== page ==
Tort's Response to Surrogate Motherhood: Providing Surrogates with a Remedy for Breached Agreements

(2013) 46:1 UBC Law Review 1

32 Pages Posted: 16 Apr 2015

See all articles by Stefanie Carsley

Stefanie Carsley

University of Ottawa - Faculty of Law

Date Written: 2013

Abstract

Although Canadian law has evolved over the past two decades in attempt to respond to surrogacy arrangements and their perceived risks and benefits, current laws only envisage situations in which a child who is born via surrogacy is desired by the intending parents -- and possibly by the surrogate mother. Canadian law does not currently contemplate situations where intending parents change their minds and renege on their agreement, leaving the surrogate with a child that she did not intend, nor desire, to keep. This article considers whether tort law could provide a remedy to a surrogate mother if intending parents decide not to honour their surrogacy arrangement. It focuses specifically on a situation in which a surrogate gives birth to a healthy baby, and it explores whether the surrogate mother could claim compensation for the costs associated with raising this child.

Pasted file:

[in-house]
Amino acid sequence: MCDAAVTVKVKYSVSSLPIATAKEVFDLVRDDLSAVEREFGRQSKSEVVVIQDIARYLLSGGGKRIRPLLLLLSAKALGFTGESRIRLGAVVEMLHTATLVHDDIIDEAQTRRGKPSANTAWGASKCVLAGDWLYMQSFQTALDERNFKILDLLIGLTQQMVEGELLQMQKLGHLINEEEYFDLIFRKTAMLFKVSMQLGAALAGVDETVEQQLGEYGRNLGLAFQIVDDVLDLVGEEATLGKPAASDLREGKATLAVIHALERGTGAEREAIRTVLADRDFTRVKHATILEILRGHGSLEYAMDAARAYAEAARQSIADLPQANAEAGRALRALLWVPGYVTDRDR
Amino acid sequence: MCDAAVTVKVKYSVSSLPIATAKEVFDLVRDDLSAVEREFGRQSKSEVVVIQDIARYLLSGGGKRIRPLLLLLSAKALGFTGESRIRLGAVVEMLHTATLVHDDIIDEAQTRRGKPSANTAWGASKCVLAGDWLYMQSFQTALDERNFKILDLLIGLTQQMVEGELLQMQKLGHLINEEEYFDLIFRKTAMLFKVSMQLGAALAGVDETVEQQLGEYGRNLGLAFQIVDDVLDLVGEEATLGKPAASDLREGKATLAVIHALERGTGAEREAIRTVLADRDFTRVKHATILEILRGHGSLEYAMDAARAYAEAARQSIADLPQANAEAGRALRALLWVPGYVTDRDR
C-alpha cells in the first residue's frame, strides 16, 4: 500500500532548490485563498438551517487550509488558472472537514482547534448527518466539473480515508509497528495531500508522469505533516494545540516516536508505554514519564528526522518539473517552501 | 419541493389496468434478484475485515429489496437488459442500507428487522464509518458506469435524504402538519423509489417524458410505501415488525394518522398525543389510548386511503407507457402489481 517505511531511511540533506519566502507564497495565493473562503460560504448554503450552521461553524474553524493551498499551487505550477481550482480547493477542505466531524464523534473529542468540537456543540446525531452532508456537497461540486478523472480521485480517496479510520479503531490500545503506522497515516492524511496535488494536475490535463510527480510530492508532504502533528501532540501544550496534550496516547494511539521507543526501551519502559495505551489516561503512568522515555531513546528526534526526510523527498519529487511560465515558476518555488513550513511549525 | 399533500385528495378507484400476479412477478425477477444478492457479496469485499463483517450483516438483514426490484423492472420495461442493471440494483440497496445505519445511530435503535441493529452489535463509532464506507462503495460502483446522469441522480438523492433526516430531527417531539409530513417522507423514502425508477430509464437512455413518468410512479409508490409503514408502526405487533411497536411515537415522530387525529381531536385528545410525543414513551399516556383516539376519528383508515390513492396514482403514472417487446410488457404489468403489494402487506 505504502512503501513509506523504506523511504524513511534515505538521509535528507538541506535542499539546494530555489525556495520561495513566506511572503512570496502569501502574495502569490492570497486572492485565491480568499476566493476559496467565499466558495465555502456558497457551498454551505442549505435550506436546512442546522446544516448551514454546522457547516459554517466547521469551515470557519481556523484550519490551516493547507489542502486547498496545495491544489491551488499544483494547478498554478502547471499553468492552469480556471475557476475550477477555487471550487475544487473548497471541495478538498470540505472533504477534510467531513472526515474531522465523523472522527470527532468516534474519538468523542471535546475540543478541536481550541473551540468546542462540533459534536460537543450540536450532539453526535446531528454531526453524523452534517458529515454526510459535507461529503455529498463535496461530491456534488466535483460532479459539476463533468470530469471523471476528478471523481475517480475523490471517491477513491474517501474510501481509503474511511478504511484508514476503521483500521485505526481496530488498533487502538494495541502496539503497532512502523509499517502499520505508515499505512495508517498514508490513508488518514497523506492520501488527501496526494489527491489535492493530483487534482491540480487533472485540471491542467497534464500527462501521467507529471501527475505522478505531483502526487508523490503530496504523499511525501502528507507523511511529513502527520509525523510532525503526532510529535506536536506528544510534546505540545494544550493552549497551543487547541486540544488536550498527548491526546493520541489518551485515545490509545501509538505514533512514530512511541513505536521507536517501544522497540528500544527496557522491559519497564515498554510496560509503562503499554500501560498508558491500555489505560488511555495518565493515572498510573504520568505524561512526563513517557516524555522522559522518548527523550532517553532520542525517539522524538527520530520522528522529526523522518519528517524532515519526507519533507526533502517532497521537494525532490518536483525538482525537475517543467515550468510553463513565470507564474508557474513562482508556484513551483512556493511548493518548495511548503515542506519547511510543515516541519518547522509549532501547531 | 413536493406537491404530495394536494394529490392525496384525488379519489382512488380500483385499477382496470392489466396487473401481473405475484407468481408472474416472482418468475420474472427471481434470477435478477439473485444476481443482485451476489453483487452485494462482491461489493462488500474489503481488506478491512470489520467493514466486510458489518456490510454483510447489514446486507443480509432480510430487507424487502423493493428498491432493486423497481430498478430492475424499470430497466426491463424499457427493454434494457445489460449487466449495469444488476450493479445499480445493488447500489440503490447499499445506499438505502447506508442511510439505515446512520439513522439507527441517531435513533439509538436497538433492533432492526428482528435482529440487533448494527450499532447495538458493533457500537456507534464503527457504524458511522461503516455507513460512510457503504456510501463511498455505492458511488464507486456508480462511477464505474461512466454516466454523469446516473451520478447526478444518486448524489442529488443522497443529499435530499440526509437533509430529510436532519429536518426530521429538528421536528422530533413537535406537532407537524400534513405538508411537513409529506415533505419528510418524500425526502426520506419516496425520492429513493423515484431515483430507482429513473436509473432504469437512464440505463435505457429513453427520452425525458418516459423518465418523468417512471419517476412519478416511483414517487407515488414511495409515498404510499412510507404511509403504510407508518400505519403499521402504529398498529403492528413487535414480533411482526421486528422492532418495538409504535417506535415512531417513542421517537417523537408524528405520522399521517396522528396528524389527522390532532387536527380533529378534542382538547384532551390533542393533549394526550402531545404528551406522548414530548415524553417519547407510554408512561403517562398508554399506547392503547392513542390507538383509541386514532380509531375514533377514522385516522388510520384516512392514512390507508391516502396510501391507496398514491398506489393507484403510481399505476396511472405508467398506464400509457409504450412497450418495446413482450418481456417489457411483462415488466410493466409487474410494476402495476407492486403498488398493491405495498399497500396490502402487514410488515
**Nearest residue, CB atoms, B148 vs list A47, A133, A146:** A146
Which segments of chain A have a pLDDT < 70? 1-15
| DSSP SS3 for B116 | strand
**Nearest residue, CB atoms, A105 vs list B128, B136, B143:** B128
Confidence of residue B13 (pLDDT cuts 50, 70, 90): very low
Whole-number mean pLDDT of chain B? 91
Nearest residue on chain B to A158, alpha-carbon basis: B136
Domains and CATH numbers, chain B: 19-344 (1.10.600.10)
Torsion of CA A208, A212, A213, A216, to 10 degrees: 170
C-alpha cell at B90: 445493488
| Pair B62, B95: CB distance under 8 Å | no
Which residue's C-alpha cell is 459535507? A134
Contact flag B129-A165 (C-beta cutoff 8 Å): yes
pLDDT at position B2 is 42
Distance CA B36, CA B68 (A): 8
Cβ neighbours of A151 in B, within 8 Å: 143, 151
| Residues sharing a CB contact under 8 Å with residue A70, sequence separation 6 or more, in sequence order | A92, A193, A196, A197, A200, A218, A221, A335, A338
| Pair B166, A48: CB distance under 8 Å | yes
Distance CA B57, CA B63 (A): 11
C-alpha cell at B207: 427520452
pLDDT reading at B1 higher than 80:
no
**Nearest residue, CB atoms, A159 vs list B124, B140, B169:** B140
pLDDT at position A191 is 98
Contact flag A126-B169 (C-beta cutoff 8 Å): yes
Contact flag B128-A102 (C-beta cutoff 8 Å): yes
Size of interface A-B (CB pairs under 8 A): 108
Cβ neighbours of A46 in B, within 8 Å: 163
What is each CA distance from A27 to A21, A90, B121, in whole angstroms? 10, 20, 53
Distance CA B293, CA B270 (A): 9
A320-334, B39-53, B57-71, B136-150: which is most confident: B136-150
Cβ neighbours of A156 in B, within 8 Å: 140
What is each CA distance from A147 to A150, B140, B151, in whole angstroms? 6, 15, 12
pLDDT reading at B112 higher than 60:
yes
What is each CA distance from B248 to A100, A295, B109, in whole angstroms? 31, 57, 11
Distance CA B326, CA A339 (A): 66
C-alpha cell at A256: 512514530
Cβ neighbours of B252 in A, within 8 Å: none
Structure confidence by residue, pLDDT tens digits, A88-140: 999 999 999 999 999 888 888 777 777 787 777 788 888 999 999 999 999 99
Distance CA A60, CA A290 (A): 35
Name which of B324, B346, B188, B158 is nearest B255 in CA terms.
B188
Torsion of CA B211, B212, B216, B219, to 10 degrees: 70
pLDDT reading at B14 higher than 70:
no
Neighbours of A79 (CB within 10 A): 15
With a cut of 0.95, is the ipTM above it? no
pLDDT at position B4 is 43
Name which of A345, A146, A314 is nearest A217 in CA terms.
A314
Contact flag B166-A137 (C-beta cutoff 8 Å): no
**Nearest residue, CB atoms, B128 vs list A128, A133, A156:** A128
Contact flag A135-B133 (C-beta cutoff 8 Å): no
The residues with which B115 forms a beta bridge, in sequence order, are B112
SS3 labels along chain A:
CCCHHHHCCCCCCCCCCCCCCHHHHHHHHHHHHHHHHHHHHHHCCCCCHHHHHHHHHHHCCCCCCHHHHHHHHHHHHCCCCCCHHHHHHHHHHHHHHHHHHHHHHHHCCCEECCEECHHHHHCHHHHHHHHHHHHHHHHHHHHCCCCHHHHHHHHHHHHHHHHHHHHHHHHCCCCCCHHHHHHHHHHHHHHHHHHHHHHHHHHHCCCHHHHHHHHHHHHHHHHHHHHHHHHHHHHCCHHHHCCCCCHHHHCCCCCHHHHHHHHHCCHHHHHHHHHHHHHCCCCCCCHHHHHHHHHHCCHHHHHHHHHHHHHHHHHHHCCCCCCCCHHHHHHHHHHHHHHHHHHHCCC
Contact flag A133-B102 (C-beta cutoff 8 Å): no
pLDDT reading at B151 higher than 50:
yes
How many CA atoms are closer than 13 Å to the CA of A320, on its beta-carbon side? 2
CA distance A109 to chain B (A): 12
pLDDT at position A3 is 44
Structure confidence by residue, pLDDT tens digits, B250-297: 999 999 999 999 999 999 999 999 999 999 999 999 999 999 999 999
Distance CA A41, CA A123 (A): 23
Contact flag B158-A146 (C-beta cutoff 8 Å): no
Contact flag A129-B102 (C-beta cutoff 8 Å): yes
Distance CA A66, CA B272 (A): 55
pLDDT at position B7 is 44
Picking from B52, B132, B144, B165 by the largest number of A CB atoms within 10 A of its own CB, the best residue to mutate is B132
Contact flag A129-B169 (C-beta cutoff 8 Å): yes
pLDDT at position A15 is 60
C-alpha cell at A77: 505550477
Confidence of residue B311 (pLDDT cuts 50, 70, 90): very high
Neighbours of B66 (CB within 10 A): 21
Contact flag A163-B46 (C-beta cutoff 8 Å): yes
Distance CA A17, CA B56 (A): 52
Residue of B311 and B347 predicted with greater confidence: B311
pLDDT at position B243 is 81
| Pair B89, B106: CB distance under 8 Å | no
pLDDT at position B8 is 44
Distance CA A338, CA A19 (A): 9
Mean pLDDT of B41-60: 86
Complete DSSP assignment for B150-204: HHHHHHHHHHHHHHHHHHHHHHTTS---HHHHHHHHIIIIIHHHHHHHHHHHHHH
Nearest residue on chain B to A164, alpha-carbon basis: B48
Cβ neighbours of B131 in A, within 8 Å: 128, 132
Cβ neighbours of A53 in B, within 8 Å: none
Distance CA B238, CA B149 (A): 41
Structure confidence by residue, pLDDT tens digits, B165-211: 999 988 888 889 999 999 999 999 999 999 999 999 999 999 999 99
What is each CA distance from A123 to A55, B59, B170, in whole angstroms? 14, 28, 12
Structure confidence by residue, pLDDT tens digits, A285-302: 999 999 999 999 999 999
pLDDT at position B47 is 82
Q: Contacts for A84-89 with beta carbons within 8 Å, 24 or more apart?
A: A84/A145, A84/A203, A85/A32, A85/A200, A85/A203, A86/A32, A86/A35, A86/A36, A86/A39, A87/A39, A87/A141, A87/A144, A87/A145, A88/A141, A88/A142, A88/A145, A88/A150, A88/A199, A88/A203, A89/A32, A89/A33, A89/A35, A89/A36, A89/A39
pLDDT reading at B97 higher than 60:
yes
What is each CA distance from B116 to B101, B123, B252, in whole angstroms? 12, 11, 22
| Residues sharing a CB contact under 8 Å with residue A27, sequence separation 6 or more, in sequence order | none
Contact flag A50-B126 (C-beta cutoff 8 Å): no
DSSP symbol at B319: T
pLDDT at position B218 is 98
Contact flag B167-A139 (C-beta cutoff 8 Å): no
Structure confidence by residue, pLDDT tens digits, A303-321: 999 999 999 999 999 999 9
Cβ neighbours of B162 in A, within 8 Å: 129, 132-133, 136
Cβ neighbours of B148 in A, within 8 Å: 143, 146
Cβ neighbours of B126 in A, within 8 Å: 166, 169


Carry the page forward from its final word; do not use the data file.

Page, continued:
Keywords: assisted reproductive technologies; surrogacy; tort law; child-care costs; compensation

Suggested Citation

Carsley, Stefanie, Tort's Response to Surrogate Motherhood: Providing Surrogates with a Remedy for Breached Agreements (2013). (2013) 46:1 UBC Law Review 1, Available at SSRN: https://ssrn.com/abstract=2517127

Stefanie Carsley (Contact Author)

University of Ottawa - Faculty of Law ( email )

Ottawa, Ontario
Canada

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